Get average color of image via Javascript

Get average color of image via Javascript

Not sure this is possible, but looking to write a script that would return the average hex or rgb value for an image. I know it can be done in AS but looking to do it in JavaScript.

Solutions/Answers:

Solution 1:

AFAIK, the only way to do this is with <canvas/>

DEMO V2: http://jsfiddle.net/xLF38/818/

Note, this will only work with images on the same domain and in browsers that support HTML5 canvas:

function getAverageRGB(imgEl) {

    var blockSize = 5, // only visit every 5 pixels
        defaultRGB = {r:0,g:0,b:0}, // for non-supporting envs
        canvas = document.createElement('canvas'),
        context = canvas.getContext && canvas.getContext('2d'),
        data, width, height,
        i = -4,
        length,
        rgb = {r:0,g:0,b:0},
        count = 0;

    if (!context) {
        return defaultRGB;
    }

    height = canvas.height = imgEl.naturalHeight || imgEl.offsetHeight || imgEl.height;
    width = canvas.width = imgEl.naturalWidth || imgEl.offsetWidth || imgEl.width;

    context.drawImage(imgEl, 0, 0);

    try {
        data = context.getImageData(0, 0, width, height);
    } catch(e) {
        /* security error, img on diff domain */
        return defaultRGB;
    }

    length = data.data.length;

    while ( (i += blockSize * 4) < length ) {
        ++count;
        rgb.r += data.data[i];
        rgb.g += data.data[i+1];
        rgb.b += data.data[i+2];
    }

    // ~~ used to floor values
    rgb.r = ~~(rgb.r/count);
    rgb.g = ~~(rgb.g/count);
    rgb.b = ~~(rgb.b/count);

    return rgb;

}

For IE, check out excanvas.

Solution 2:

Figured I’d post a project I recently came across to get dominant color:

Color Thief

A script for grabbing the dominant color or a representative color palette from an image. Uses javascript and canvas.

The other solutions mentioning and suggesting dominant color never really answer the question in proper context (“in javascript”). Hopefully this project will help those who want to do just that.

Solution 3:

“Dominant Color” is tricky. What you want to do is compare the distance between each pixel and every other pixel in color space (Euclidean Distance), and then find the pixel whose color is closest to every other color. That pixel is the dominant color. The average color will usually be mud.

I wish I had MathML in here to show you Euclidean Distance. Google it.

I have accomplished the above execution in RGB color space using PHP/GD here: https://gist.github.com/cf23f8bddb307ad4abd8

This however is very computationally expensive. It will crash your system on large images, and will definitely crash your browser if you try it in the client. I have been working on refactoring my execution to:
– store results in a lookup table for future use in the iteration over each pixel.
– to divide large images into grids of 20px 20px for localized dominance.
– to use the euclidean distance between x1y1 and x1y2 to figure out the distance between x1y1 and x1y3.

Please let me know if you make progress on this front. I would be happy to see it. I will do the same.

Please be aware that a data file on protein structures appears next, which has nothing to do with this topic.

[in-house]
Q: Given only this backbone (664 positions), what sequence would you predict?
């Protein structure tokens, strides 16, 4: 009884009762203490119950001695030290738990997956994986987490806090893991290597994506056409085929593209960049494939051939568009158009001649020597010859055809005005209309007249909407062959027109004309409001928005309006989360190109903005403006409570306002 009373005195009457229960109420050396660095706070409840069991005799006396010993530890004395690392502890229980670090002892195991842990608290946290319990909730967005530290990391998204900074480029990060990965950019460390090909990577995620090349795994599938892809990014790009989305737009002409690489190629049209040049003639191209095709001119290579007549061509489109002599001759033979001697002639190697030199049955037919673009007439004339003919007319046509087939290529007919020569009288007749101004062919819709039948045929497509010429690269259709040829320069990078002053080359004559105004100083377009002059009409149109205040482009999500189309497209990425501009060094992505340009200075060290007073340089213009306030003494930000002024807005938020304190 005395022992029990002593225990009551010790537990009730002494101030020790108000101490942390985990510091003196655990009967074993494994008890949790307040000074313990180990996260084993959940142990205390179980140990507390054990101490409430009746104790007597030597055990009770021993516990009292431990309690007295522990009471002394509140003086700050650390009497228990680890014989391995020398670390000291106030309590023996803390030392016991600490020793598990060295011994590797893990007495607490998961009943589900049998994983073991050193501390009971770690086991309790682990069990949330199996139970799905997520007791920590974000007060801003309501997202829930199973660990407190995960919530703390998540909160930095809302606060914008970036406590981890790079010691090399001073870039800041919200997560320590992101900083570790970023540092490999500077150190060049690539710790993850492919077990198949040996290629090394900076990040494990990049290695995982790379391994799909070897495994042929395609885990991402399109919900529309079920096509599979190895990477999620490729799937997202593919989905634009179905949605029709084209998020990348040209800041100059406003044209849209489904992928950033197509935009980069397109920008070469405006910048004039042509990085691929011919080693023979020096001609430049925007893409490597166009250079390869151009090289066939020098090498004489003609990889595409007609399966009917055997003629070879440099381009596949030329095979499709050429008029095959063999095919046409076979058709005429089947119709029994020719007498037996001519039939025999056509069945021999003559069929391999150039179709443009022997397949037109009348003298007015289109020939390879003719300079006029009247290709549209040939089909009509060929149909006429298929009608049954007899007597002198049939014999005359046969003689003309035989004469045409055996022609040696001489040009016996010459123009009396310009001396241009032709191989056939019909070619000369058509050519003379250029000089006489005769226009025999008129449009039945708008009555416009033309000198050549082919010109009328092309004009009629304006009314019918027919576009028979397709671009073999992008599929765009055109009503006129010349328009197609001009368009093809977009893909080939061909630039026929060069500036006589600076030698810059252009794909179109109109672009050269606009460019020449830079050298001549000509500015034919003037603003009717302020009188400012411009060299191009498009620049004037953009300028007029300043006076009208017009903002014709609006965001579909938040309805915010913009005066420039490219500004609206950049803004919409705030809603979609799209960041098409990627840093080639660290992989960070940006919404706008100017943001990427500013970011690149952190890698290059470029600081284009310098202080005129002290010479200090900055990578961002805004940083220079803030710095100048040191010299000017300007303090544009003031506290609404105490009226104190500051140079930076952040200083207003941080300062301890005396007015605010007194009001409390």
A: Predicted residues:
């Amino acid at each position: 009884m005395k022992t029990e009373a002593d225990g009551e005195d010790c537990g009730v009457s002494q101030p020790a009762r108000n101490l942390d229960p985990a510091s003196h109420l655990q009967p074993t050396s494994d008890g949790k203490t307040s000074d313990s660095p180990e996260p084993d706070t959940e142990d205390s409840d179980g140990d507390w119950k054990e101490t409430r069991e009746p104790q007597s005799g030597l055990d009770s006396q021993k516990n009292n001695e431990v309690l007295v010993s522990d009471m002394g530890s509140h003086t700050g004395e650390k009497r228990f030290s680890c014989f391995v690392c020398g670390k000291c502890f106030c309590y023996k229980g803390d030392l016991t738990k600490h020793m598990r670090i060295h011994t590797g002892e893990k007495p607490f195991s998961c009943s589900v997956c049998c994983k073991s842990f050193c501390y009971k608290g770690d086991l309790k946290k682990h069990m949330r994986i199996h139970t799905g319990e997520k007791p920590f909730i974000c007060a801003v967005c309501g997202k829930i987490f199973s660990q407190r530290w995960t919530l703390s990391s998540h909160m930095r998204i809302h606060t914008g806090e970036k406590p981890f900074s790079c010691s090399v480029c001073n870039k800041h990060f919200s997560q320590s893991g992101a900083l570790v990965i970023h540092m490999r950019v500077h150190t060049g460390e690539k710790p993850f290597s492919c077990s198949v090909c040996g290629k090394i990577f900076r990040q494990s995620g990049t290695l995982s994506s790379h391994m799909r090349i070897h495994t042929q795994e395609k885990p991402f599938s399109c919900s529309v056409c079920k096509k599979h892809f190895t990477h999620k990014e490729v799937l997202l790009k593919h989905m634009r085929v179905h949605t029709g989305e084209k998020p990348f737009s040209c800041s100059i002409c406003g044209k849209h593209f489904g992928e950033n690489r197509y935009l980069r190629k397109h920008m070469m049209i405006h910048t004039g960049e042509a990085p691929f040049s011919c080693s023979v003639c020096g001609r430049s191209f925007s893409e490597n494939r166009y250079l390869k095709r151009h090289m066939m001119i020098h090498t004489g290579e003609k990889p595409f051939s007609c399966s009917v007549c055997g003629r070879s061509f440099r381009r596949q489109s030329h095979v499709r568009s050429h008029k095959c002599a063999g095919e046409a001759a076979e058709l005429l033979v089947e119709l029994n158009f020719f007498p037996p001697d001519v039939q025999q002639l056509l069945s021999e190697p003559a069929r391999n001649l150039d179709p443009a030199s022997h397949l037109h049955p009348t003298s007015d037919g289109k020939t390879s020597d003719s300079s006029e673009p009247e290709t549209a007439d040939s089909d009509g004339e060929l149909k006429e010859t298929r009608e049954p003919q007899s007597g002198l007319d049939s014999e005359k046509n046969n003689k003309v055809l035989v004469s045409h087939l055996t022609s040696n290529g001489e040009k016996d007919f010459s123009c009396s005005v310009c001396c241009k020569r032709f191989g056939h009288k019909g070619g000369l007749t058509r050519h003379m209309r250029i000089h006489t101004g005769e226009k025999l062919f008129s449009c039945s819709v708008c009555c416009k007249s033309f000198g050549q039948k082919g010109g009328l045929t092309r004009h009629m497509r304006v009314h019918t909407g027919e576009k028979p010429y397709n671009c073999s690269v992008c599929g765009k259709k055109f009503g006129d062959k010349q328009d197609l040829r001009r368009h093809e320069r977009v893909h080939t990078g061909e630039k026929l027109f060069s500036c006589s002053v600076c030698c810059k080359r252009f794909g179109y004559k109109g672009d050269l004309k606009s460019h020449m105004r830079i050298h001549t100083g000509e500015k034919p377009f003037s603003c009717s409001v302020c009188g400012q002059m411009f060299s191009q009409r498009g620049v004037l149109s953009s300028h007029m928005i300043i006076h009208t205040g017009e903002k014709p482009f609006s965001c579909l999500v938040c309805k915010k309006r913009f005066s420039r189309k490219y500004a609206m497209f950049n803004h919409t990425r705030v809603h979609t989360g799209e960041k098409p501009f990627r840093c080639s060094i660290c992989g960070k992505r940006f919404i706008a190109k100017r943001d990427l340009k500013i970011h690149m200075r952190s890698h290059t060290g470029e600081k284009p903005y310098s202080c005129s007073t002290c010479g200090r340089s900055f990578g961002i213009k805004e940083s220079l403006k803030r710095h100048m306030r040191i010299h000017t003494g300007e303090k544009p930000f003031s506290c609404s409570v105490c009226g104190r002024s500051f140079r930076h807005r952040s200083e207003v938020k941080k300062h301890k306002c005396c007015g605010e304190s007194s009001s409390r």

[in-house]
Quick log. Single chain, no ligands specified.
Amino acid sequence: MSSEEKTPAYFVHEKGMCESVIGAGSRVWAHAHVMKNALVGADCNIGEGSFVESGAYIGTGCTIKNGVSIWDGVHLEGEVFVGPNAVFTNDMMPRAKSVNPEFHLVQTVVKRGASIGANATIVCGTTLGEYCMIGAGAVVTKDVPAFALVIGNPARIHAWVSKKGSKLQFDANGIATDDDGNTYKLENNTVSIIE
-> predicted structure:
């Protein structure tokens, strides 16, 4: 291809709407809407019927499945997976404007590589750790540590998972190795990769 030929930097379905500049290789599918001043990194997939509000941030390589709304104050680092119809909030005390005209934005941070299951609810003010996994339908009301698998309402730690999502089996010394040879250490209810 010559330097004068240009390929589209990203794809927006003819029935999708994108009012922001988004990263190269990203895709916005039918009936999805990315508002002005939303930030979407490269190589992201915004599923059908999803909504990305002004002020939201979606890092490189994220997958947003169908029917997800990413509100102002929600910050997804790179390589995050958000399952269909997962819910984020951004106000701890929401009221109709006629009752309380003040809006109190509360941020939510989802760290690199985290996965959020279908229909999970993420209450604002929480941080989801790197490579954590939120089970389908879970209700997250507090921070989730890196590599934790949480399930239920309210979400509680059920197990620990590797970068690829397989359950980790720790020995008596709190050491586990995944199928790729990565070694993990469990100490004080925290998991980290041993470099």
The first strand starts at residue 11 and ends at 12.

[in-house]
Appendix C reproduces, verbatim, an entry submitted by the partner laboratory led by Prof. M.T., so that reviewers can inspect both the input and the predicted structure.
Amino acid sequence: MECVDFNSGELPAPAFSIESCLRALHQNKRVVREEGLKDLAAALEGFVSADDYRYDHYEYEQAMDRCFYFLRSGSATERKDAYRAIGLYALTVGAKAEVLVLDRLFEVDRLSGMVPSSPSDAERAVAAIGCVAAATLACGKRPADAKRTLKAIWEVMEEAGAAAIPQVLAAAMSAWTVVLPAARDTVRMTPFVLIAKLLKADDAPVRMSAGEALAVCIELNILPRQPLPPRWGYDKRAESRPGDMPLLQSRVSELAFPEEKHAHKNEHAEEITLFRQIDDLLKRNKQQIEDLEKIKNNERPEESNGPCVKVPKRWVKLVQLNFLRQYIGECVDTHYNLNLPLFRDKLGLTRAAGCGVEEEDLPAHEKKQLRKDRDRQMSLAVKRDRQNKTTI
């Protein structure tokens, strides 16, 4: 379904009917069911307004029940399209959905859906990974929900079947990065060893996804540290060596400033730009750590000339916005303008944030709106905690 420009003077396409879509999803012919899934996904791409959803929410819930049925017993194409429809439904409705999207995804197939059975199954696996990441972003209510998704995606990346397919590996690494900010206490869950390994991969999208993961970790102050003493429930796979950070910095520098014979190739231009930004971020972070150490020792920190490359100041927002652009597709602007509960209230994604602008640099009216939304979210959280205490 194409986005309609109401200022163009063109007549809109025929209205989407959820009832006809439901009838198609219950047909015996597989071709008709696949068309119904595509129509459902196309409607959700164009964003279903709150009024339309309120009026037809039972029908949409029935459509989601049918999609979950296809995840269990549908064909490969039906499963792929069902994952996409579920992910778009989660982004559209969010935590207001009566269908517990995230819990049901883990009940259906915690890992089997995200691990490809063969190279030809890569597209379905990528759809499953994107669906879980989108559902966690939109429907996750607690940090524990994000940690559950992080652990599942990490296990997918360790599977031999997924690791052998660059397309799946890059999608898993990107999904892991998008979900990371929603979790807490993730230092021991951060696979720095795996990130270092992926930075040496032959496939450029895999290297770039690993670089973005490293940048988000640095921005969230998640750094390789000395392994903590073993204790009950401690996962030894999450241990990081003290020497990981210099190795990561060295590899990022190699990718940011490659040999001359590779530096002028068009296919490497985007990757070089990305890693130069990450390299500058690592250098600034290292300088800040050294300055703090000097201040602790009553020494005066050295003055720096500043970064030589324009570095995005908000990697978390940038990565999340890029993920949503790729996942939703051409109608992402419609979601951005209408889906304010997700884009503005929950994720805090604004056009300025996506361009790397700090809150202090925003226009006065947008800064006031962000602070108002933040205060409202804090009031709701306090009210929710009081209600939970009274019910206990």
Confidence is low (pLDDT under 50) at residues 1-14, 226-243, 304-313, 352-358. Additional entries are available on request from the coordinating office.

Canvas is definitely the best way to do this in the client. SVG is not, SVG is vector based. After I get the execution down, the next thing I want to do is get this running in the canvas (maybe with a webworker for each pixel’s overall distance calculation).

Another thing to think about is that RGB is not a good color space for doing this in, because the euclidean distance between colors in RGB space is not very close to the visual distance. A better color space for doing this might be LUV, but I have not found a good library for this, or any algorythims for converting RGB to LUV.

An entirely different approach would be to sort your colors in a rainbow, and build a histogram with tolerance to account for varying shades of a color. I have not tried this, because sorting colors in a rainbow is hard, and so are color histograms. I might try this next. Again, let me know if you make any progress here.

Solution 4:

First: it can be done without HTML5 Canvas or SVG.
Actually, someone just managed to generate client-side PNG files using JavaScript, without canvas or SVG, using the data URI scheme.

Second: you might actually not need Canvas, SVG or any of the above at all.
If you only need to process images on the client side, without modifying them, all this is not needed.

You can get the source address from the img tag on the page, make an XHR request for it – it will most probably come from the browser cache – and process it as a byte stream from Javascript.
You will need a good understanding of the image format. (The above generator is partially based on libpng sources and might provide a good starting point.)

Solution 5:

I would say via the HTML canvas tag.

You can find here a post by @Georg talking about a small code by the Opera dev :

// Get the CanvasPixelArray from the given coordinates and dimensions.
var imgd = context.getImageData(x, y, width, height);
var pix = imgd.data;

// Loop over each pixel and invert the color.
for (var i = 0, n = pix.length; i < n; i += 4) {
    pix[i  ] = 255 - pix[i  ]; // red
    pix[i+1] = 255 - pix[i+1]; // green
    pix[i+2] = 255 - pix[i+2]; // blue
    // i+3 is alpha (the fourth element)
}

// Draw the ImageData at the given (x,y) coordinates.
context.putImageData(imgd, x, y);

This invert the image by using the R, G and B value of each pixel. You could easily store the RGB values, then round up the Red, Green and Blue arrays, and finally converting them back into an HEX code.

Solution 6:

I recently came across a jQuery plugin which does what I originally wanted https://github.com/briangonzalez/jquery.adaptive-backgrounds.js in regards to getting a dominiate color from an image.